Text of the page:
Tips for Focusing During Meditation
When I tell people I have a company that makes meditation pillows I usually get two responses. The first is an enthusiastic “I love meditation!” and they go on to elaborate on all the ways it has helped them, their family, and every uber driver they’ve convinced to start a practice. The second response is, without a doubt, the nice way to tell me they think meditation is a little too New Age-y or they tried it and didn’t like it. It goes a little something like, “My mind is too busy for meditation” or “I am always thinking, there’s no way I could stop my thoughts”.
This thinking that meditation is non-thinking is where meditation tends to lose people. Someone sits down, fully intending to try really hard to stop their thoughts, then gets entirely defeated when, .003 seconds into the practice, they have a thought. And then another. And then another. The problem isn’t them, it’s the brand. Meditation has the reputation that, if you’re any good at it, you just won’t think. And that’s entirely untrue.
We’re human. We think thousands of thoughts a day. And even if you cross your legs and sit down with the purest intention to focus 100% of the time and stop those dammed thoughts from popping in your mind, you’re not gonna make it happen.
Meditation isn’t about stopping your thoughts, it’s about noticing them.
The practice of meditation is, simply put, noticing when you’re thinking, then refocusing your attention on whatever it is you’re trying to focus on, over and over again. Like, dozens and dozens of times in a single practice. So, to all those who think they will never be able to stop their thoughts during meditation, I say, “Neither can I! But I still can meditate!”
TIPS FOR FOCUSING DURING MEDITATION
Now, Buddha didn’t tell everyone to meditate, drop the mic, then walk away. There are still some age-old tricks for focusing your attention that are Zen monk supported.
Counting is a fantastic way to get centered. All you need to do is breathe (check) and know how to count (and if you know how to read this, odds are you also know how to count too, so - check).
There are a few ways of doing the counting, and I recommend you practice each for about 4-5 minutes in succession. Until I recently tried them all back-to-back, I didn’t realize how different they were and how I preferred some methods over others. You can set a timer up in Insight Timer to have a bell ring in 5-minute intervals, which can signal you to move on to the next counting method. All of the methods require you to count up to 10 and then repeat for the duration of your practice.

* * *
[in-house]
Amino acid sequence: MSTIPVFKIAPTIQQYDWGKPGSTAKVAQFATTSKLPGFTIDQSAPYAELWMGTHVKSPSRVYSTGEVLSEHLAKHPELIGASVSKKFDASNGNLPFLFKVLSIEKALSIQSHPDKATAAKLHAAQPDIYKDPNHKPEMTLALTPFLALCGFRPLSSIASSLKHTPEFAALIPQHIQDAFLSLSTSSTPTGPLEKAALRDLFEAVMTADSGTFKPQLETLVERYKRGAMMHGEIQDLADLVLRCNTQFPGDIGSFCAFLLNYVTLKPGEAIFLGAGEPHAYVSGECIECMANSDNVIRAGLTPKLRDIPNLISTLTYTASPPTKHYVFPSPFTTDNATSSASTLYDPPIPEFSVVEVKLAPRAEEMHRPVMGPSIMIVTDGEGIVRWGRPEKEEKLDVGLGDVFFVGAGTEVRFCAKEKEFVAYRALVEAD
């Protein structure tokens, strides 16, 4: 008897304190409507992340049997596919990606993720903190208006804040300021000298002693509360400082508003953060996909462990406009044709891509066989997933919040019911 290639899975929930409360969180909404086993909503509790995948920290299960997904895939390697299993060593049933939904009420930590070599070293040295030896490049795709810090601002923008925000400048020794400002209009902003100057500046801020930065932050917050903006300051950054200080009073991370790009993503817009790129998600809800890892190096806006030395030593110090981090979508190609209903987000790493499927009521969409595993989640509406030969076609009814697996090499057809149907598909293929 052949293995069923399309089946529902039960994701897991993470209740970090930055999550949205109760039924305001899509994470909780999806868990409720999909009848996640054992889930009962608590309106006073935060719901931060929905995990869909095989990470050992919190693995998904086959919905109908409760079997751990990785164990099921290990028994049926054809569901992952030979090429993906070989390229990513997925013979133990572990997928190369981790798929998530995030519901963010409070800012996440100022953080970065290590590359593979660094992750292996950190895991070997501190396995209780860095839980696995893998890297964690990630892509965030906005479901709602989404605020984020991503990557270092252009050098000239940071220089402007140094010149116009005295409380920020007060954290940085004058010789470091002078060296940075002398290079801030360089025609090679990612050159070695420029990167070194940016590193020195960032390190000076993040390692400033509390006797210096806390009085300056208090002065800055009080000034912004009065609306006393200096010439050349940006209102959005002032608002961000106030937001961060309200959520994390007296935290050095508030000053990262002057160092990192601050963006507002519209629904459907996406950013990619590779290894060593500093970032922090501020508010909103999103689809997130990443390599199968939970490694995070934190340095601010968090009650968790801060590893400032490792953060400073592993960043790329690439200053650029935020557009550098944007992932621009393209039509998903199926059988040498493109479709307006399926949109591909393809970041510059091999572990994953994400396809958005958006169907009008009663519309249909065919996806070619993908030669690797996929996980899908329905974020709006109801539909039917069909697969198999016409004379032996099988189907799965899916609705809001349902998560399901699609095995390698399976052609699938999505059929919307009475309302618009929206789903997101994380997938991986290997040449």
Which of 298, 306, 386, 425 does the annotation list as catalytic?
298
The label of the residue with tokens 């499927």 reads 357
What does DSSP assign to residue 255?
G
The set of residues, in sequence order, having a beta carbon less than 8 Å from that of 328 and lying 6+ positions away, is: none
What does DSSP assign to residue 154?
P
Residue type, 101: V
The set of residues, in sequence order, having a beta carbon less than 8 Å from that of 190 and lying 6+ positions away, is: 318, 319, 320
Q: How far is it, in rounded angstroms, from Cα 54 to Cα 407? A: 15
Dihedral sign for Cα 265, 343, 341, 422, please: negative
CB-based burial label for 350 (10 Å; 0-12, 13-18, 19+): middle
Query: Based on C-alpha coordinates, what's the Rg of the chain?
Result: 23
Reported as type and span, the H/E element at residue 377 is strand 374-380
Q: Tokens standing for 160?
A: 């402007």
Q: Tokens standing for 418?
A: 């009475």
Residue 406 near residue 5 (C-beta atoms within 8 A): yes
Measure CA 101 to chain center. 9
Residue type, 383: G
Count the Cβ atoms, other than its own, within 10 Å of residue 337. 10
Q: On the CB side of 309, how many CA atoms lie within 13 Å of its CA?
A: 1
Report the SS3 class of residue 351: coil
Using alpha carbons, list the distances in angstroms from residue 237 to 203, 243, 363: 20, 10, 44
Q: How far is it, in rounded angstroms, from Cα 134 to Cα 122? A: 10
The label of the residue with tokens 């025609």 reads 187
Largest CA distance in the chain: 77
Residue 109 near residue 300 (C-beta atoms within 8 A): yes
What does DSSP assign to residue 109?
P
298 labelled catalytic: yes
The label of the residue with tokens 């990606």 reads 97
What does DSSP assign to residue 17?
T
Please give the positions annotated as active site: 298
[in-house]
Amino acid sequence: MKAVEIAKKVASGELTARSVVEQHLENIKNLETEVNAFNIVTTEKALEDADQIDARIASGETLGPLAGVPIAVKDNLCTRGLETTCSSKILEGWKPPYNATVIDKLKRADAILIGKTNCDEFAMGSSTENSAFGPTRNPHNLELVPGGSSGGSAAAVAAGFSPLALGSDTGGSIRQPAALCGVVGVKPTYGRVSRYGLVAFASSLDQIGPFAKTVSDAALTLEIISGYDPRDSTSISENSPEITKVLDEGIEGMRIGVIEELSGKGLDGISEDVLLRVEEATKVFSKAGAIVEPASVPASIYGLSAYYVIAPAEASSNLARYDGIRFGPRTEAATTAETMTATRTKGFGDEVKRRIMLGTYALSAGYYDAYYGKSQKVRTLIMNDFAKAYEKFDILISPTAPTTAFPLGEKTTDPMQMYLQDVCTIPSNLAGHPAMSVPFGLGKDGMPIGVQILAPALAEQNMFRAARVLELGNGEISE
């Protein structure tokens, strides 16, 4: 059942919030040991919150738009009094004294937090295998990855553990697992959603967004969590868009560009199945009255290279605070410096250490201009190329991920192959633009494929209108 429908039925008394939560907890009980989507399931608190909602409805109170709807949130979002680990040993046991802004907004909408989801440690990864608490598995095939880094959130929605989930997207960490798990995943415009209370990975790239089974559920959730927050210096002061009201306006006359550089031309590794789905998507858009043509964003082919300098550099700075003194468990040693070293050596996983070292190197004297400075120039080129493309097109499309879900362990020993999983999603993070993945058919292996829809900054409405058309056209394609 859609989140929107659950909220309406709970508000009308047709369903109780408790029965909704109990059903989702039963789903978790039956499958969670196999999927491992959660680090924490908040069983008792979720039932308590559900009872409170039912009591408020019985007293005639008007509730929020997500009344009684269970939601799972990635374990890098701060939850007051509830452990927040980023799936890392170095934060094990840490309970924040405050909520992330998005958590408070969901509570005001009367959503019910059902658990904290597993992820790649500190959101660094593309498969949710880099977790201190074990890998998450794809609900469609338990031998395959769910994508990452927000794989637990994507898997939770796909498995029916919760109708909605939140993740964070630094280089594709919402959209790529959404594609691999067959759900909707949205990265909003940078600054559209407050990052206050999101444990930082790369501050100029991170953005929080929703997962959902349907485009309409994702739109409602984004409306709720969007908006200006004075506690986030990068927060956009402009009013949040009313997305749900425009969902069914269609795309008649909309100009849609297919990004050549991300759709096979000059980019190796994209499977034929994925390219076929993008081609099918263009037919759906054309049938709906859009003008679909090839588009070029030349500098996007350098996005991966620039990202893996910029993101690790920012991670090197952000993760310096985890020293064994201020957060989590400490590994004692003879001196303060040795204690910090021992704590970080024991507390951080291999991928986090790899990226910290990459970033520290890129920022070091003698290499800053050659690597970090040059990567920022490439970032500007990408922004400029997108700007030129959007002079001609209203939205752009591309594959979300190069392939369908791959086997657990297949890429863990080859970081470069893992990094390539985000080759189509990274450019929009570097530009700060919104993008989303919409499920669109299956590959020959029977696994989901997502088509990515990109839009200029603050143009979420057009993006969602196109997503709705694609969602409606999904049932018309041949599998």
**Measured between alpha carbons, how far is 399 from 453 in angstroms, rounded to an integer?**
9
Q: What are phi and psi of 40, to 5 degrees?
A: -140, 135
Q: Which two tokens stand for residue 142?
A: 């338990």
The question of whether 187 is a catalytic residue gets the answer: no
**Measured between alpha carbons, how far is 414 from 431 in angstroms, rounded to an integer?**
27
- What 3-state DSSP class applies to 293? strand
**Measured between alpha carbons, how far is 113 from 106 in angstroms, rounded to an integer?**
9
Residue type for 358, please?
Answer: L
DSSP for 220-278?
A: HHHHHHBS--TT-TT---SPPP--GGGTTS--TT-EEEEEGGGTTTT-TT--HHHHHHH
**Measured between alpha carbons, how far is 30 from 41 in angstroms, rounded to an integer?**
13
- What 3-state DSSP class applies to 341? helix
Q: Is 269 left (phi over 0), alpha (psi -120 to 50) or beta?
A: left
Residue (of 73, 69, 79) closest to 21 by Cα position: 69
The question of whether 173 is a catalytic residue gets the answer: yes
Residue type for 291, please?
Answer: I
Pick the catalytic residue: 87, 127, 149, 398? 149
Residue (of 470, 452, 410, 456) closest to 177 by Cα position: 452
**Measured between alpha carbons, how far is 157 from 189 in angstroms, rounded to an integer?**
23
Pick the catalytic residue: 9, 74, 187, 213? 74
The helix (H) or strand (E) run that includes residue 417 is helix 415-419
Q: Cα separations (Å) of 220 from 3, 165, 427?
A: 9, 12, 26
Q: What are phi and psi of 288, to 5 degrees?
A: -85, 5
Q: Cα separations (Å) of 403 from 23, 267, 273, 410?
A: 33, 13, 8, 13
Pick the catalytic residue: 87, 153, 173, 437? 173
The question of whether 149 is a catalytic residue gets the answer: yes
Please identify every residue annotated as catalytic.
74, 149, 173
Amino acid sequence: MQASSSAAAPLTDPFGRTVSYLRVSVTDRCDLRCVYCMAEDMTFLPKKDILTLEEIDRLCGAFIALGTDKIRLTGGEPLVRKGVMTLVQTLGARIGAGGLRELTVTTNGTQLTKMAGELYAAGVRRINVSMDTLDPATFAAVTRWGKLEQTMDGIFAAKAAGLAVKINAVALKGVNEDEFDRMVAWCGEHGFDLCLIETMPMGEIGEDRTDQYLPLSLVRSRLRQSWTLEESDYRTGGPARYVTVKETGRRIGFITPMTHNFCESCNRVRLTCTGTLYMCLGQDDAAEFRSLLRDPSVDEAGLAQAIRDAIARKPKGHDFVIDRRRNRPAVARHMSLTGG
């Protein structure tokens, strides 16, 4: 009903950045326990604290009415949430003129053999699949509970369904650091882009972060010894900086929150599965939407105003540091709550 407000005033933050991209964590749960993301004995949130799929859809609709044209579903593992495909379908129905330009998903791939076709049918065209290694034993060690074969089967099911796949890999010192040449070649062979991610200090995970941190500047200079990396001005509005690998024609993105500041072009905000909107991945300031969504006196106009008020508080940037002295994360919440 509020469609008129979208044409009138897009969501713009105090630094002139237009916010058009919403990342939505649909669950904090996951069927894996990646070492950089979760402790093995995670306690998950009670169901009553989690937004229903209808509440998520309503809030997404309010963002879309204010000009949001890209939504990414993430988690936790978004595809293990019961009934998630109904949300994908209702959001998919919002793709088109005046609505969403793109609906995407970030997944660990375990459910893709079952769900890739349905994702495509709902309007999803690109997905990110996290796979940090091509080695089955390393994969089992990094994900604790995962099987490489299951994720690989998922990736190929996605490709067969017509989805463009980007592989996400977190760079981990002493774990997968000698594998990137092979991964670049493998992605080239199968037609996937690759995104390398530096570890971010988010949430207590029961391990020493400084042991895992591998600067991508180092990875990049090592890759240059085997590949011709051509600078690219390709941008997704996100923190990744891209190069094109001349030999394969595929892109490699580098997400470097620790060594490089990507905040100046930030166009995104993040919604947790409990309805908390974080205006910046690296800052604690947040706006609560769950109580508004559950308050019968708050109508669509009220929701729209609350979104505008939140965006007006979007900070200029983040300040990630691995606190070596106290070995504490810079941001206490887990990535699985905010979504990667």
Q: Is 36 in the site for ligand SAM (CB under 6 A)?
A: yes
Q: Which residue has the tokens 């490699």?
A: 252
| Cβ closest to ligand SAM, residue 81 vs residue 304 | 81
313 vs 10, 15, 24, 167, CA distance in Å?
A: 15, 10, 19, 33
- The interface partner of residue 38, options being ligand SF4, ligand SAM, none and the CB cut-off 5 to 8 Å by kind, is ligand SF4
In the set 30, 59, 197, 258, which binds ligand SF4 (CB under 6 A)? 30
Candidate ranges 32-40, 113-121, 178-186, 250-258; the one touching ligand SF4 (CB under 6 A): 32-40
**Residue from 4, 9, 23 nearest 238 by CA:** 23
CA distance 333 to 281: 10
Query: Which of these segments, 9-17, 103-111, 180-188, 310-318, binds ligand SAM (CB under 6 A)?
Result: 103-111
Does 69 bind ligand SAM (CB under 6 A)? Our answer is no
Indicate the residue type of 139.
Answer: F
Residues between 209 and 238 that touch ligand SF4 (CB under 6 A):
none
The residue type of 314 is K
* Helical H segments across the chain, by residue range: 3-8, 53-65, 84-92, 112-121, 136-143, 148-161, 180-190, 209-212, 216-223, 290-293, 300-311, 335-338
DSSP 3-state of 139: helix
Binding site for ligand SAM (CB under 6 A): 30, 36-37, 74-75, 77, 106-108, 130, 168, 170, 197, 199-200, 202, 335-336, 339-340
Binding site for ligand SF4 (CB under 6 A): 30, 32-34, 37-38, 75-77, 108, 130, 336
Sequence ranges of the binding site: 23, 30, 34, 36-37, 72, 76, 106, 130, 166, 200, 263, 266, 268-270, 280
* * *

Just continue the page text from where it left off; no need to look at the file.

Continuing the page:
-METHOD 1: COUNTING ON IN BREATH AND OUT BREATH: Each inhale will be an odd number, and each exhale will be an even number.
So it looks like: 1, inhale, 2, exhale, 3, inhale, 4, exhale…
-METHOD 2: COUNTING AT THE BEGINNING OF THE BREATH: Start your inhale by counting a single number. Name the number in your head without letting it linger. Just name the number then move on with your inhale an exhale. On the next inhale, begin it with the next number. All the way up to 10.
So it looks like: 1, inhale, exhale, 2, inhale, exhale, 3…
-METHOD 3: COUNTING AT THE END OF THE BREATH: Inhale and exhale and then name the number at the end of the breath. Continue this practice until you reach 10.
So it looks like: Inhale, exhale, 1, inhale, exhale, 2…
Mantra is an excellent way of focusing your attention. A mantra is a single word or phrase repeated during your practice. Typically they are Sanskrit words with powerful meanings. But if you’d rather pick a word you understand in your original language, like love, you can totally use that too. It’s up to you.
All you really have to do is pick a word or phrase that means something (ideally something high vibe and loving) to you, and repeat it during your meditation.
Just the use of a word to occupy your mind makes the act of focusing much simpler because it takes the place of a distracting thought you might think. Instead, your mind is focusing on the word, instead of something wordless like breath.
I generally prefer practicing with a mantra more than counting because I like that mantra helps me feel really connected to something with good energy. But on the days I really cannot focus with a single mantra and have tons of thoughts swirling around my mind, I tend to pick counting over mantra because, for me at least, it’s a lot harder to do successfully without totally trying to get centered.
I hope these two ways of focusing in during meditation help you and your practice! And if you end up loving meditation and encounter anyone who thinks they think too much for it, hit em with these tips!